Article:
Spanish court refuses extradition request against HSBC whistleblower Falciani
Spain’s High Court has turned down Switzerland’s request to extradite Hervé Falciani, the former HSBC Private Bank employee whose tax-evasion whistleblowing activities have become a cause célèbre. The French–Italian computer expert, who in 2008 made off with files detailing 130,000 of the Geneva-based bank’s clients, will not be required to return to Switzerland to face four charges relating to his data grab.
The court ruled that the principle of “double incrimination” is not satisfied in this case, meaning that the offenses of which Falciani is accused are not listed as such in Spanish criminal law. The Monaco-born IT expert was arrested in Switzerland – where he is accused of financial espionage, violation of the bank secrecy law, revealing commercial secrets and stealing clients’ private data – but he left the country, finally being arrested again in Spain last July.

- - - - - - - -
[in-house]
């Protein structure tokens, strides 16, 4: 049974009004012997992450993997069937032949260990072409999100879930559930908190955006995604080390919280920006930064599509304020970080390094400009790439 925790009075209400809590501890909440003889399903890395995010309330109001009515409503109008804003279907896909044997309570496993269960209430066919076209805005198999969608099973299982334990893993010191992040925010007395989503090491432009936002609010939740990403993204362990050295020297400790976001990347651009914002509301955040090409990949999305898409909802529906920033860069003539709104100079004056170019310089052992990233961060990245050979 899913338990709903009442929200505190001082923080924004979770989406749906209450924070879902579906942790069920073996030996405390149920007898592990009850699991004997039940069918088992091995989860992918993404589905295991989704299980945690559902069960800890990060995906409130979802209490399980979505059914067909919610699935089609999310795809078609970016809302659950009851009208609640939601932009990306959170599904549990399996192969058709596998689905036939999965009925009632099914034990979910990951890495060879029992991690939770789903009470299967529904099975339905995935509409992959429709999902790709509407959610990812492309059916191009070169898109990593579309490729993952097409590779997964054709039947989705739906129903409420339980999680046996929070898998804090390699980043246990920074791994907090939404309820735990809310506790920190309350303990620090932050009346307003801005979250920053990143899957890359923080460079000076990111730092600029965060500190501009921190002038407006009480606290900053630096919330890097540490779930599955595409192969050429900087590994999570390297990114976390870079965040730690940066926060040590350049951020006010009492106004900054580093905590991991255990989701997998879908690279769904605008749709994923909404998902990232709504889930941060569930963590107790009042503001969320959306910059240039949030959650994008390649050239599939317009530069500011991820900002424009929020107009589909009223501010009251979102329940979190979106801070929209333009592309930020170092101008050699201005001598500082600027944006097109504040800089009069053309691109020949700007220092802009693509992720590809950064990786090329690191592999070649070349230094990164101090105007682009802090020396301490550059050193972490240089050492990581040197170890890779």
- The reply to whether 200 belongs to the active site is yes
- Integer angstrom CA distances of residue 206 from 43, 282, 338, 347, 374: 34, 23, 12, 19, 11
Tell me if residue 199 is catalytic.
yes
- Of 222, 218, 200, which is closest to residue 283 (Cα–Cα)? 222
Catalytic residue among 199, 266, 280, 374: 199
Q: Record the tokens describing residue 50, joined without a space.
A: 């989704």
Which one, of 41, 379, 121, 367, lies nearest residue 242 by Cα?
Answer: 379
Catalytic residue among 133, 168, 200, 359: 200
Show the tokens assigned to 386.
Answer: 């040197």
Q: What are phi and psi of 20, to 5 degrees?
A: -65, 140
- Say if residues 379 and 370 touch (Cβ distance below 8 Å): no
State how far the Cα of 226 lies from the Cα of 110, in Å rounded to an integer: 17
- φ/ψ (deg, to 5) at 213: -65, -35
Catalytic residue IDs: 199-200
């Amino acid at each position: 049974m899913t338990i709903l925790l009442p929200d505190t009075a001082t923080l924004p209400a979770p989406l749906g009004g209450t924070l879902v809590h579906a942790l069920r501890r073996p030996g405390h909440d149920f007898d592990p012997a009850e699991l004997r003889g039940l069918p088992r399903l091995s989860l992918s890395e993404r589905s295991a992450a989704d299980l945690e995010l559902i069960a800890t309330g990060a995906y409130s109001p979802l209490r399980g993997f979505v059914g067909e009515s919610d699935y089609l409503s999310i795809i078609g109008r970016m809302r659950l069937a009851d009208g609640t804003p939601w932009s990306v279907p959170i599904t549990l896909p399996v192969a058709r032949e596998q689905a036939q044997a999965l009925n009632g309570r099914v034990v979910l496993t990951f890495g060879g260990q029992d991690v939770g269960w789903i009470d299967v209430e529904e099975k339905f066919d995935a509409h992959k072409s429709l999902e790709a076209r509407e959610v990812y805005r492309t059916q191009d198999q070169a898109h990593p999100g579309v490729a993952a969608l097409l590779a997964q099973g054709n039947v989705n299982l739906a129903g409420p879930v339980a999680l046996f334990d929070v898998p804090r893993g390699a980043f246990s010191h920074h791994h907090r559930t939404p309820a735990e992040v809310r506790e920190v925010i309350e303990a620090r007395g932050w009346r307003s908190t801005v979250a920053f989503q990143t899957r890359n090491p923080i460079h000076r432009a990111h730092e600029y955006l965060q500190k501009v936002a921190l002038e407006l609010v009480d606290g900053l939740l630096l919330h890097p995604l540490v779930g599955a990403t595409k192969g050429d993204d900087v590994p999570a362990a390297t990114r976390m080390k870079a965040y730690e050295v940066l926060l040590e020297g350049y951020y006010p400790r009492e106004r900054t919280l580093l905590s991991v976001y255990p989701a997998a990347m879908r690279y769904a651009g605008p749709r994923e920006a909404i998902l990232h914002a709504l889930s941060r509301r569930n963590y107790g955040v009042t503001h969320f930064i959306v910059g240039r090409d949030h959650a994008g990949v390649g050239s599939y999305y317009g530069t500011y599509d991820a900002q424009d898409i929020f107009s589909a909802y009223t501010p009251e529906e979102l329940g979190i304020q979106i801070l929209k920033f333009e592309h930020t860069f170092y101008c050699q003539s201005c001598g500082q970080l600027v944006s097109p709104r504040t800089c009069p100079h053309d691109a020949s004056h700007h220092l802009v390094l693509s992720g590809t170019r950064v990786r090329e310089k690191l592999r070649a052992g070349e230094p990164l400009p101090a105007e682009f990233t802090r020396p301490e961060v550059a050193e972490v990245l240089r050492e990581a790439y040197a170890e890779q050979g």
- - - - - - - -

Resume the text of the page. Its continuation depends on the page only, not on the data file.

The High Court in Madrid also considered that the information Falciani had facilitated to the tax authorities in France, Spain, Germany, Italy and the United States was related to criminal activities that are “in no way eligible for legitimate protection.”
Falciani, who had been released on bail for by the Spanish courts before his April 15 extradition hearing, is now free to travel outside Spain. Had the court ruled in favor of the Swiss request, the Spanish government would have had the last word on the extradition process.
Information released by the former bank employee has allowed the Spanish state to recover more than 300 million euros of lost taxes between 2010 and 2011, with further related investigations still in progress.
Posted on May 17, 2013, in Banking, buisiness, Crime, EU, Government, Human rights and Liberties, IMF/ECB, International affairs, National Politics, politics, Protest and tagged Extradition, France, Geneva, HSBC, HSBC Private Bank, Spain, Switzerland, United States. Bookmark the permalink. Leave a comment.